EDIT: I didn't realize that there were typos in the quotation:
The original one should be
臣 以臣弑君、可謂仁乎 呼
I suppose 臣以弑君 might be an uncommon variant, but it is still grammatical.
臣以弑君 = 以臣弑君 killing his lord as a vassal.
以 is used as a preposition “as” but the word order is reversed, making it looks like a post-position. The sentence structure is similar to 以下犯上 and 以弱胜强
You can also think this 以 means “and”, so 臣以弑君 meaning “being a vassal but killing his lord”. Although it's common to see 以 be used as “and”, I cannot think of any examples of using 以 as “but”. When I wrote this, I just thought 以 and 而 are sometimes interchangeable. e.g. 臣而弑君 sounds fine to me, which is similar to “人而不仁”, “人而无信”, “君而知礼” ... But 人以无信, etc. do not sound good.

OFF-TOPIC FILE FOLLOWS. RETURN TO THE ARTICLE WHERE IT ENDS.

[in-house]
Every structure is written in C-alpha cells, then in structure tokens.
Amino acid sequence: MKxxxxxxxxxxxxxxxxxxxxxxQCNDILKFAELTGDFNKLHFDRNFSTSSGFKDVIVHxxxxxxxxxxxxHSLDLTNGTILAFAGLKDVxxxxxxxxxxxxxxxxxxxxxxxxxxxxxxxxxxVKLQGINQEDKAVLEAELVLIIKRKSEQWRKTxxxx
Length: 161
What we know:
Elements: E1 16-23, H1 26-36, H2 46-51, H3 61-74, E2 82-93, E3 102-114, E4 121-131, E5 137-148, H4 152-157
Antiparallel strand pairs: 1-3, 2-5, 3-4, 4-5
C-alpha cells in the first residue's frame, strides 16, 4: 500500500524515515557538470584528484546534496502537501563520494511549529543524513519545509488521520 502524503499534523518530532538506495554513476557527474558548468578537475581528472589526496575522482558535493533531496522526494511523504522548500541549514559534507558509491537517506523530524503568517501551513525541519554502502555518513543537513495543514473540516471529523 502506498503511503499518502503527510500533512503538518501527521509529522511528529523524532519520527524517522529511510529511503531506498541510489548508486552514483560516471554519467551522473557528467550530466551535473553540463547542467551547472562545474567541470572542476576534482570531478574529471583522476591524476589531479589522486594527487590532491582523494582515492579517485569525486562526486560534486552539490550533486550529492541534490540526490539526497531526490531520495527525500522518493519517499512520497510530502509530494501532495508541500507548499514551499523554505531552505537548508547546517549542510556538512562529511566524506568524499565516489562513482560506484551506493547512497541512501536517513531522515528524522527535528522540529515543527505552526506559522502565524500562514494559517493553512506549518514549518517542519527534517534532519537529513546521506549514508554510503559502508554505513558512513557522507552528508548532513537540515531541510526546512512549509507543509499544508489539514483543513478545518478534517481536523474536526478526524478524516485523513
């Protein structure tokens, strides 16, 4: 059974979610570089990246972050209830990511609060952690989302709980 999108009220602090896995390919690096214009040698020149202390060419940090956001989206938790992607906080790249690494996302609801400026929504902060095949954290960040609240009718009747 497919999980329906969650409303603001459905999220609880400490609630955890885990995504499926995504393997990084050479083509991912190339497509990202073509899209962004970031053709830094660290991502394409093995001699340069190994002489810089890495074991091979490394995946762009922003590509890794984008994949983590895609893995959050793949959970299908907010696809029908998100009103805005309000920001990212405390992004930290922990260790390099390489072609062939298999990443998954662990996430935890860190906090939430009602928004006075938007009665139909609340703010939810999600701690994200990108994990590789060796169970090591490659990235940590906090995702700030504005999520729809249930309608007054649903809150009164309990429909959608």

I think either interpretation doesn't make much difference.
以 originally meant “take” or “use” and was later used as a preposition meaning “by”, “through”, “via”, “with” “because”, etc. e.g.
王以舟去國 (by the way, where does this sentence come from?)
It's also common to put the object before it, e.g.
仁以為己任 = 以仁為己任, take 仁 as one's responsibility
However, 何以 and 是以 almost never become 以何 and 以是.
Sometimes the object 是 (this) or 之 (it) does not appear at all, which makes 以 look like a conjunction meaning “in this way”, “because of this”, “in order to” or “then”.
Sometimes, the original meaning of 以 becomes totally lost and 以 becomes a pure conjunction meaning “and”, which is similar to 而.